Larry Bartlett’s take on the Pro Pioneer
During the spring of 2003, I approached Larry Laba, President of SOAR Inflatables with an idea for a watercraft that would be ideal for adventurers requiring heavy loads to be transported into and out of remote regions under potentially poor river conditions. These conditions could be described as extremely low water, shallow and braided glacial streams, alpine creeks and streams, or even rivers without known data regarding water levels or hazard presence (i.e., pioneering). I would consider such a watercraft to be invaluable and irreplaceable.
With Laba’s focus on quality and craftsmanship, coupled with my experience paddling with heavy, cumbersome loads of equipment and big game, we created a boat that delivers everything I expected, and more!
Shortly after the prototype was delivered to my door, I bundled up the Pro Pioneer and hundreds of pounds of hunting gear and video equipment, intending to field test this inflatable canoe. Once underway, I was certain that this boat was going to be a huge success. I planned a route down more than 300 miles of river corridors, all within the far reaches of Alaska’s backcountry.
To make a long journey seem like a day at the races, after being dropped off via bush aircraft, I started paddled the Pro Pioneer out of an alpine lake. Our party included five people and a small squad of inflatables: one 13-ft raft, one 16-ft cataraft, and my Pro Pioneer. We were faced with a 1.5-mile route from the lake to the main river channel through a willow-choked creek bed, barely wet with current. It wasn’t long before all the heavy gear ended up inside the Pro Pioneer, and we still were forced to drag the two other rafts. I estimate the load planted on the Pro to be over 600 pounds at this point, and it maintained a draft of less than four inches. As you can tell from the photos, the other members of the party were stunned by the Pro Pioneer’s excellent floatation, all the while damning themselves for choosing any boat other than SOAR.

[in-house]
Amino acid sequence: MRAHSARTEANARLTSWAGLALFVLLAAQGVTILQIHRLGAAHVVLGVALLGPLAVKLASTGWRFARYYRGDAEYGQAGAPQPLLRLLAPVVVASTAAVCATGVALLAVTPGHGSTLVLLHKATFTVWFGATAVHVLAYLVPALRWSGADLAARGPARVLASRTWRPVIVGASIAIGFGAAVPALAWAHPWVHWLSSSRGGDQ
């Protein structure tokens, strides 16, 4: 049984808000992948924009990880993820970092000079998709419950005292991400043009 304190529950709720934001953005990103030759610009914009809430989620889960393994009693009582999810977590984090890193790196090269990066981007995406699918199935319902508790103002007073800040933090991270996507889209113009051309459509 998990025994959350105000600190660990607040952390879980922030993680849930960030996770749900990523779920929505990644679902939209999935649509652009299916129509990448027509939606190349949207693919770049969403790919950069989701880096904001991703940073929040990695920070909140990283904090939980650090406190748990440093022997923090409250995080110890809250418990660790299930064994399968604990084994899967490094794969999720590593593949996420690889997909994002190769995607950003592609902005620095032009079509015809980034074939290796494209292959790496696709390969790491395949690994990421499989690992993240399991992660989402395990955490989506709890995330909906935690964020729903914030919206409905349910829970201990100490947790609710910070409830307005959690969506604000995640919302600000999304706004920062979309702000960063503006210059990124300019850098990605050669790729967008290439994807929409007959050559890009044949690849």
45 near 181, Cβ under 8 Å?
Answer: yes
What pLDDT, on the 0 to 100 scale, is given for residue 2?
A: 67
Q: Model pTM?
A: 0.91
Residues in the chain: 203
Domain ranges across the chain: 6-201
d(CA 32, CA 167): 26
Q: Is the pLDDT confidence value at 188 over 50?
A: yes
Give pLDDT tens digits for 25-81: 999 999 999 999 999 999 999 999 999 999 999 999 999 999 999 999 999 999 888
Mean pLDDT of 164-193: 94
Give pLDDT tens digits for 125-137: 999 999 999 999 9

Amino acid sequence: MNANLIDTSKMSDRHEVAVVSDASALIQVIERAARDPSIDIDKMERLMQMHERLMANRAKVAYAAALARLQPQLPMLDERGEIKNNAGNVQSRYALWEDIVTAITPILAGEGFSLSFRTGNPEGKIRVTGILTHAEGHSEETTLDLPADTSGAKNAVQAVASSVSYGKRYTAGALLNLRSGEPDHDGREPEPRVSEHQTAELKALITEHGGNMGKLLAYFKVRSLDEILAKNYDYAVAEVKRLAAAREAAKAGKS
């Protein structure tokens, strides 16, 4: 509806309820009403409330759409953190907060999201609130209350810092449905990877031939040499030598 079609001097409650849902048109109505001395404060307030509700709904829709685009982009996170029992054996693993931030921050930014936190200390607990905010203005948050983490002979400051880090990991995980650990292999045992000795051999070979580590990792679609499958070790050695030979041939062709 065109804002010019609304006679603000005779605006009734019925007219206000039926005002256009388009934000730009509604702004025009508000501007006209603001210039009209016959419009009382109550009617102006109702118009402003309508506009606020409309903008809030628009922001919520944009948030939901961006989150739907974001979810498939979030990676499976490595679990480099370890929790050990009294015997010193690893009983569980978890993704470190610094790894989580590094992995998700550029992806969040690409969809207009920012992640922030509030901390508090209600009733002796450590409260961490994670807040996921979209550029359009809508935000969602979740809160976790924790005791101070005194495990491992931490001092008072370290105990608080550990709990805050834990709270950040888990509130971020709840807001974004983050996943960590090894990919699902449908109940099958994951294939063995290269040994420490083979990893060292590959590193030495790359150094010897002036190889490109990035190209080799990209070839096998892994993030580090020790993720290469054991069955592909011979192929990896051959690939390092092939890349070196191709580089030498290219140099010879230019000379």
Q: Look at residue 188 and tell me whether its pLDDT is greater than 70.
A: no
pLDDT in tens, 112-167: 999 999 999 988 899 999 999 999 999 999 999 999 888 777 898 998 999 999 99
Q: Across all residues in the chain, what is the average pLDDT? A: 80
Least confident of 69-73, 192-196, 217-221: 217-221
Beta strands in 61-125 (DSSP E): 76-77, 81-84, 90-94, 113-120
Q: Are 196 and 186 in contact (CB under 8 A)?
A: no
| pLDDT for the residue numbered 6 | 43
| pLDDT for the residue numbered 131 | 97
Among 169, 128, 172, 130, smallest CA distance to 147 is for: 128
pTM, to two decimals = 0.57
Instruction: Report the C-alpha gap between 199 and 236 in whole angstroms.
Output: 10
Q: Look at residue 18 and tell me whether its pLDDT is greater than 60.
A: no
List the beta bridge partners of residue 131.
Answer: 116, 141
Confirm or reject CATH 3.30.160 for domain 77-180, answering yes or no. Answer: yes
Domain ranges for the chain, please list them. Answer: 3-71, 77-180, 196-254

The first 50 miles of the river journey was spent eye bugging each turn, paddling down a remote western Alaska stream, cursed by 120° switchbacks and hairpins littered with felled trees and sweepers. The Pro Pioneer and I shined like a new toy at Christmas. While the other rafters struggled to safety, bend after bend, I merely coached the Pro along with impressive responsiveness. The load during this venture was less than 400 pounds. Even solo, the Pro handled like its name implies—professionally!
Once we harvested our first Alaska caribou, we loaded down the Pro Pioneer with an additional 150 lbs. and its draft was still less than 5 inches. It wasn’t until I had three caribou, all my personal and expedition gear, and all camera equipment inside the Pro Pioneer that I knew a challenge would be offered. Again, the Pro handled every pound of that load, estimated at 800 lbs. Mile after mile, I was able to guide the Pro into and out of narrow channels, stiff rapids, and unforgiving chutes, and this boat handled like a champ.
I had to work hard to maintained my river speed at a slower rate, merely to avoid leaving the rest of the group. The Pro’s slick design allowed very impressive speeds.
After over 100 miles and time after time, the Pro Pioneer impressed us all. My only complaint at the end of this trip was that the other members were too slow! I ended up waiting on the rest of the group at the take-out for 90 minutes, after descending 15 miles of flat-water currents and strong headwinds the last leg of the river journey. It was a brutal final 3 hours, loaded down with roughly 800 lbs. of personal body weight, meat and gear; but I empathize with my friends’ pain of fighting their watercraft seemingly upstream for nearly 6 hours!